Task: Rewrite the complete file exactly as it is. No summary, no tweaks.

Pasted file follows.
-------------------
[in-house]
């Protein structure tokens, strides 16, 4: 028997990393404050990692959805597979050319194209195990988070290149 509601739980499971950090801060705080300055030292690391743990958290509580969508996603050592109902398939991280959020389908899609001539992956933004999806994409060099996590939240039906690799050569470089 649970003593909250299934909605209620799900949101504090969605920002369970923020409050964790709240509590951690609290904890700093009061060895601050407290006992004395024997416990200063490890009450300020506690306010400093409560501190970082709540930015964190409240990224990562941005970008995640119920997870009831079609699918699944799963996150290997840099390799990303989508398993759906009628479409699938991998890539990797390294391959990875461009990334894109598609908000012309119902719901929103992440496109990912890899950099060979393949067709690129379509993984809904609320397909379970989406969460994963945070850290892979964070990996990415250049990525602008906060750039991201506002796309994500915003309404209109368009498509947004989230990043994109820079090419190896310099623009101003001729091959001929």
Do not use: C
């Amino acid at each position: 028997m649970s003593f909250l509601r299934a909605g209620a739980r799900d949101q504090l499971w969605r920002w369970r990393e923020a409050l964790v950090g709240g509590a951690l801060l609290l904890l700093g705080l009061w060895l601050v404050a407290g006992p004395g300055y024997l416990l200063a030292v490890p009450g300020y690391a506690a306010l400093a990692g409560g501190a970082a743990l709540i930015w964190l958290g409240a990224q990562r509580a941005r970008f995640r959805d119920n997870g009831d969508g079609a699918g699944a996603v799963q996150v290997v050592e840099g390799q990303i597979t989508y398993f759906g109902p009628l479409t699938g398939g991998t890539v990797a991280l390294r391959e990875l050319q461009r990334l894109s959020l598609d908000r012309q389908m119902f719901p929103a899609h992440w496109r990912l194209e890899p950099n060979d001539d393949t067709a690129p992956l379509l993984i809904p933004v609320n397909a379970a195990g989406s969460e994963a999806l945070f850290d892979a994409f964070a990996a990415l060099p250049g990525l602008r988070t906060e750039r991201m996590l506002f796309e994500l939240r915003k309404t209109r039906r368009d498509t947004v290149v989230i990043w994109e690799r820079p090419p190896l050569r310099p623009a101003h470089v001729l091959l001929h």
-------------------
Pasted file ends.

[in-house]
């Protein structure tokens, strides 16, 4: 028997990393404050990692959805597979050319194209195990988070290149 509601739980499971950090801060705080300055030292690391743990958290509580969508996603050592109902398939991280959020389908899609001539992956933004999806994409060099996590939240039906690799050569470089 649970003593909250299934909605209620799900949101504090969605920002369970923020409050964790709240509590951690609290904890700093009061060895601050407290006992004395024997416990200063490890009450300020506690306010400093409560501190970082709540930015964190409240990224990562941005970008995640119920997870009831079609699918699944799963996150290997840099390799990303989508398993759906009628479409699938991998890539990797390294391959990875461009990334894109598609908000012309119902719901929103992440496109990912890899950099060979393949067709690129379509993984809904609320397909379970989406969460994963945070850290892979964070990996990415250049990525602008906060750039991201506002796309994500915003309404209109368009498509947004989230990043994109820079090419190896310099623009101003001729091959001929």
Do not use: C
């Amino acid at each position: 028997m649970s003593f909250l509601r299934a909605g209620a739980r799900d949101q504090l499971w969605r920002w369970r990393e923020a409050l964790v950090g709240g509590a951690l801060l609290l904890l700093g705080l009061w060895l601050v404050a407290g006992p004395g300055y024997l416990l200063a030292v490890p009450g300020y690391a506690a306010l400093a990692g409560g501190a970082a743990l709540i930015w964190l958290g409240a990224q990562r509580a941005r970008f995640r959805d119920n997870g009831d969508g079609a699918g699944a996603v799963q996150v290997v050592e840099g390799q990303i597979t989508y398993f759906g109902p009628l479409t699938g398939g991998t890539v990797a991280l390294r391959e990875l050319q461009r990334l894109s959020l598609d908000r012309q389908m119902f719901p929103a899609h992440w496109r990912l194209e890899p950099n060979d001539d393949t067709a690129p992956l379509l993984i809904p933004v609320n397909a379970a195990g989406s969460e994963a999806l945070f850290d892979a994409f964070a990996a990415l060099p250049g990525l602008r988070t906060e750039r991201m996590l506002f796309e994500l939240r915003k309404t209109r039906r368009d498509t947004v290149v989230i990043w994109e690799r820079p090419p190896l050569r310099p623009a101003h470089v001729l091959l001929h």